Walmart shaping the future of online grocery shopping
Supermarket chain leader Walmart has begun plans for its one of a kind, robot assisted online grocery picking system in its Salem, New Hampshire supercenter store. The company intends on adopting Alert Innovation’s Alphabot technology as a means of optimizing its current online grocery pickup (OGP) service; creating a more convenient shopping experience for both consumers and store associates.
The Alphabot will automate stock retrieval during the OGP process through the use of autonomous carts to obtain refrigerated, frozen and shelf-stable goods from an enclosed storage facility, and then finally to deliver them to store associates. This is a more efficient and accurate method than the manual alternative which is currently used, thus saving time and money, helping to maintain Walmart’s famously low prices. However, store associates will be expected to select fresh produce and meats to ensure that quality standards are met.
So far, the test has proven successful, as they have received some impressive results from computer simulations, indicating that 95% of orders can be retrieved in 8 minutes or less with an average time of 3 to 4 minutes.
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Nestlé uses Food Trust to trace baby food
Blockchain has become increasingly useful for transparency and more efficient product recalls within the food industry. Nestlé has dabbled in the use of the technology previously but was more recently involved in a test using IBM’s Food Trust blockchain system to trace some of its Gerber baby food products. The company tested the traceability of their fruit and vegetable sources, or to be more specific, the ingredients in its sweet potato, apple and pumpkin puree.
Nine other companies have been involved in the trials including, Dole Food, Driscoll’s, Unilever and Walmart, for a more accurate test of the system’s global tracing abilities. Nestlé’s test traced multiple ingredients from several cross-border transactions. This proved to be difficult as Nestlé was faced with the challenge of developing interfaces that connect shipping, trucking, processing and other such systems, which are needed to manage each ingredient. It also had to organize multiple sets of data, in multiple different formats.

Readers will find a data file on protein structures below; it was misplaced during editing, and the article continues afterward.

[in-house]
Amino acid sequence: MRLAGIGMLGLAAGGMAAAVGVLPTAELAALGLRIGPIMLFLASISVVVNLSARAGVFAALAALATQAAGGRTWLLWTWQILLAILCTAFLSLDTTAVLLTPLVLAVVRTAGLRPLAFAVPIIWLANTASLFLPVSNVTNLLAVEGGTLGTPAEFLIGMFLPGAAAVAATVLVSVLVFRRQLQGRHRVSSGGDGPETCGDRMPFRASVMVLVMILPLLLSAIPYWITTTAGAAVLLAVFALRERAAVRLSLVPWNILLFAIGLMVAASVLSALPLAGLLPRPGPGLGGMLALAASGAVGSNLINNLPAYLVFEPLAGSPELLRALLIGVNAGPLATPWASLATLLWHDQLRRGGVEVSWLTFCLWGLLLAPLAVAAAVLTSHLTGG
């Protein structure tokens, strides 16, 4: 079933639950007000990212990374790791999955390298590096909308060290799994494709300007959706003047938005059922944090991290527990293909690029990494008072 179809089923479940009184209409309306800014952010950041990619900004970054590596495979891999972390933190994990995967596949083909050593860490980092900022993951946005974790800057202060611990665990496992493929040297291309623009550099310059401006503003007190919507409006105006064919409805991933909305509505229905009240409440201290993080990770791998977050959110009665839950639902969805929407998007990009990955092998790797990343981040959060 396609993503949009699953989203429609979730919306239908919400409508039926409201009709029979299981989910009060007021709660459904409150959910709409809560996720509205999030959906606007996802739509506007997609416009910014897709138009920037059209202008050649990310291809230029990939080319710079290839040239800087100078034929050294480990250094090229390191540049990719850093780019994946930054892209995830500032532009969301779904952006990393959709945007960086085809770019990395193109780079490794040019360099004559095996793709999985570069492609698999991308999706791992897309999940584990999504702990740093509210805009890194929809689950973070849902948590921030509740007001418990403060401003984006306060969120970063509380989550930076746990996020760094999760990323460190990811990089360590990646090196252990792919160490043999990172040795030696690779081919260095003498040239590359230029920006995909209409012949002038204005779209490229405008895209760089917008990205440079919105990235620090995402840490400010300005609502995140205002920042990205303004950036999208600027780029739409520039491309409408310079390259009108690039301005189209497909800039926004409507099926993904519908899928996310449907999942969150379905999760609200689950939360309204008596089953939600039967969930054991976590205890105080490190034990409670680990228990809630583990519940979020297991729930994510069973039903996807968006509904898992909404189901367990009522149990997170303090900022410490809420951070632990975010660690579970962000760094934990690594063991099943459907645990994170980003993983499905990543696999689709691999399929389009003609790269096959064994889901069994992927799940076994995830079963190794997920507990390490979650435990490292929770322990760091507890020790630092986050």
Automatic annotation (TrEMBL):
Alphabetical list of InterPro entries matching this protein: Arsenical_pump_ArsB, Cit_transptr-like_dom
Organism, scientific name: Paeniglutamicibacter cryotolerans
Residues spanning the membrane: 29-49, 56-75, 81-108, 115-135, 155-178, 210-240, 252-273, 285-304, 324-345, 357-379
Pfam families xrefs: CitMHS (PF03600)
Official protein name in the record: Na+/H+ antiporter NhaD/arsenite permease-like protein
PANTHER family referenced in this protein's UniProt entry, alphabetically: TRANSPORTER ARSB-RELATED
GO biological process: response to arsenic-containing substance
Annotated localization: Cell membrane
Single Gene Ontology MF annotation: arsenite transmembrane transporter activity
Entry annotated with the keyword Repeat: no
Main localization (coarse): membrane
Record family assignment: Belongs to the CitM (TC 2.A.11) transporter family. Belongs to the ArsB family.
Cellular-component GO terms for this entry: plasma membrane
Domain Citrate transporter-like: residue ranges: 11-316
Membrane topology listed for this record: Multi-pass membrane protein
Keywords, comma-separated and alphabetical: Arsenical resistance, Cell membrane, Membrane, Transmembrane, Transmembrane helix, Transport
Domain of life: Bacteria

For optimum results and speedier investigations, suppliers and competitors will need to adopt a shared record-keeping system. When used successfully, blockchain has proven to trace back products as quickly as 2.2 seconds, compared to seven days without the technology.
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Daimler’s active responsibility
The expansion of the electric automobile industry has brought new procurement demands and a wider use of raw materials. As part of Daimler’s active role in sustainability, it has joined forces with various organizations and associations in 4 raw material initiatives – the Responsible Cobalt Initiative, the Responsible Mineral Initiative, the Responsible Steel Initiative and the Aluminum Stewardship Initiative.
Companies that deal with raw cobalt, a component of the electric vehicle batteries, can often be at risk of infringing on human rights. The Cobalt initiative therefore acts to prevent social and ecological offences upon its extraction, such as child labor, by increasing transparency and control within the supply chain. The Responsible mineral initiative addresses other so called conflict materials; the initiative has developed its own validation scheme to ensure responsible sourcing by refineries and smelters.
As for aluminum and steel, the initiatives have developed their own certification schemes respectively, increasing communication and understanding in the value and supply chain; aiming to improve social and environmental standards while combatting carbon emissions.
More information can be found here.
Have a great weekend!
[…] mentioned previously in a weekly wrap-up, more and more food brands and distributors are adopting or testing IBM’s Food Trust blockchain […]
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